Deborah Sheehan reflects on a career in social advocacy and returning to BUSSW
After earning her MSW in 1978, Deborah Sheehan found her way back to BUSSW as Director of Professional Education Programs, and the school’s resident expert on all things social work.
It’s no surprise that Sheehan found herself in the field of social work. She comes from a long line of “social workers”, or helpers, as she remembers them. Her parents, a Boston police officer and an inner city public school cafeteria manager, were helpers, who would often go above and beyond to make sure their neighborhood, Roslindale was fed, sheltered, and protected.
Sheehan earned her bachelor’s degree in psychology from Boston College, before she made her way to BUSSW to earn her MSW in the 70s. “It was a very political time in history, and our Dean at the time, Hubie Jones, was very inspirational and well thought of in the community, which made it even more exciting to be at BU,” she says. Sheehan came from a world of residential treatment, where she had worked with kids at New England Home for Little Wanderers as a work-study during her time at Boston College. While at BUSSW, she was placed at Massachusetts Correctional Institution (MCI)-Norfolk, where she worked with male inmates. “It wasn’t a field I was at all interested in, and my family hated it because my father was a police officer. But, my clients always came to see me. They never missed an appointment. They said it was a fun thing for them to do!” says Sheehan. While at MCI, she learned to run groups, and learned a lot about how racist the incarceration rates were in Massachusetts.
Upon graduation, Sheehan went back to New England Home and worked in residential treatment before becoming the Assistant Director of New England Home’s Night Children Center. Following her time there, she went on to run an agency at Dear Family Services in Medford, which involved foster care and group care for adolescents. She made her foray into the field of higher education through Simmons College, where she served as Director of Admissions for the master’s and doctoral programs for 10 years. She returned to Boston College to pursue her PhD, but was unable to submit her dissertation due to health reasons. Although she’s sad about not being able to complete her degree, she says, “As an example of someone in social work, I’ve been able to do so much with just my MSW degree. I ran part of a program, hired employees, worked clinically, did program development, and then went on to be a higher education administrator, so it’s pretty cool!”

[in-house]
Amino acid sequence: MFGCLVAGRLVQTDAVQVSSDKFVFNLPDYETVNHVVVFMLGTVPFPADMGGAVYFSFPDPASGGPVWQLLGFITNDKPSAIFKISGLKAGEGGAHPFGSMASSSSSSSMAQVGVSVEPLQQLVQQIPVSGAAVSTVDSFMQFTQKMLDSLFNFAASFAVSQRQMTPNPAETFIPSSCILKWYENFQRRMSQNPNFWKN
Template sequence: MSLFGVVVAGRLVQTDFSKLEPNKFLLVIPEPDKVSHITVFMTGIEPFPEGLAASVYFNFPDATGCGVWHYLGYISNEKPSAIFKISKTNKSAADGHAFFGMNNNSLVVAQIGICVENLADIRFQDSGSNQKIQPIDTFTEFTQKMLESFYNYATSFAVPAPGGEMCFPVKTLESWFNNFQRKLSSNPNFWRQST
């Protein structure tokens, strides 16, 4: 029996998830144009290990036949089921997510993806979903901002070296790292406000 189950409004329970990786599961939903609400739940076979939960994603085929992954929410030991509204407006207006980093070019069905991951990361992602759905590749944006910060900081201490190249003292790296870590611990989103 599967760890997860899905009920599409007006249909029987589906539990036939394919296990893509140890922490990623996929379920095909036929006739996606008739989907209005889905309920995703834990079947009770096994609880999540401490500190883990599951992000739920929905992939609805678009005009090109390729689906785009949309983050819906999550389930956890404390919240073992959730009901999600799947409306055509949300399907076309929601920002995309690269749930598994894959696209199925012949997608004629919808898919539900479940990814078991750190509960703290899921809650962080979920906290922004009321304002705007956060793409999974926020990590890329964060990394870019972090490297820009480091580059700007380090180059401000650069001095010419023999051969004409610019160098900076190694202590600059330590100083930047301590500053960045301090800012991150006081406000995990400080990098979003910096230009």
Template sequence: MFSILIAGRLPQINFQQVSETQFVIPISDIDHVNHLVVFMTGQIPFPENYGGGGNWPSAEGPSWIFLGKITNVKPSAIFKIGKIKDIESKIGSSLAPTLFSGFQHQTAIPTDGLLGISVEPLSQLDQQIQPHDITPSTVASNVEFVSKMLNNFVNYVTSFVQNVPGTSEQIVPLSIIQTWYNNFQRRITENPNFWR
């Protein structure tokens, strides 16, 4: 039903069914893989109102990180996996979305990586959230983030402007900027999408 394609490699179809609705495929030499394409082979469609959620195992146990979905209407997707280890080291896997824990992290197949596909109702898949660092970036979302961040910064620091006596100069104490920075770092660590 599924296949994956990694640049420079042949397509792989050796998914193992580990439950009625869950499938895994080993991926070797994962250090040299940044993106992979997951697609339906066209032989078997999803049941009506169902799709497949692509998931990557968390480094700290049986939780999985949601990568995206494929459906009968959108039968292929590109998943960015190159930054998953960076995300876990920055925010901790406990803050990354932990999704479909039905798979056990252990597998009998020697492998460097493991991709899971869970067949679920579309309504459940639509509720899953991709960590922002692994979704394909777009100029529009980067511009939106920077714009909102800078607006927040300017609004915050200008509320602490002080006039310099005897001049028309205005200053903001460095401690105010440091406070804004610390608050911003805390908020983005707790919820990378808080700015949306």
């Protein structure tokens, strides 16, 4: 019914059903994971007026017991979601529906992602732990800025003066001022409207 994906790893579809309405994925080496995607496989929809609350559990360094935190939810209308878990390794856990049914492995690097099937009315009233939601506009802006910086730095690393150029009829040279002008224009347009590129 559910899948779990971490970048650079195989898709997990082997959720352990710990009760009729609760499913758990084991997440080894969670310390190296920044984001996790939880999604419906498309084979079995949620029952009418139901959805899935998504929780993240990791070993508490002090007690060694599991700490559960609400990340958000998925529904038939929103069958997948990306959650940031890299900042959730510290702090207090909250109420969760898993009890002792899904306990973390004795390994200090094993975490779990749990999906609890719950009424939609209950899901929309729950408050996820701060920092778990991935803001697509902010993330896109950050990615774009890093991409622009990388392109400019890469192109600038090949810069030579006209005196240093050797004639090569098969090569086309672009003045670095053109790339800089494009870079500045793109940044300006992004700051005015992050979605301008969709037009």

Sheehan’s first professional role at BU was with the Off-Campus Program, where she ran the Cape Cod and Fall River programs. She continued in that capacity for nine years, before landing her current role as Director of Professional Education Programs (PEP). She says, “As my career has developed, so have the people I’m working with. I started off with kids, and now I’m bringing in courses for people who already have their MSW, and are looking to continue their life’s work and advance their skills.”
Professional Education Programs (PEP) are a necessary part of the field of social work. Sheehan’s vision for PEP is to bring the “most interesting information to the most people in the most accessible ways possible.” With the addition of online seminars, new offerings and certificate programs, and different ranges of presentations, discussions, and speakers, PEP is being noticed for its growing diversity and innovation under Sheehan’s leadership.
Besides her work with Admissions and PEP, Sheehan also serves on the BUSSW Equity and Inclusions Committee. She was appointed by the Governor to the Massachusetts Commission on LGBTQ Youth, a role that lasted two years. Both serve as issues that she is very passionate about. Her advice for future social workers and those involved in social advocacy? “Follow your passion, but also be open to what the school has to offer. I would’ve never worked in a prison, for instance, but I think that’s where I got my greatest clinical training. Try and be open to what comes your way, because you might learn a lot from it.”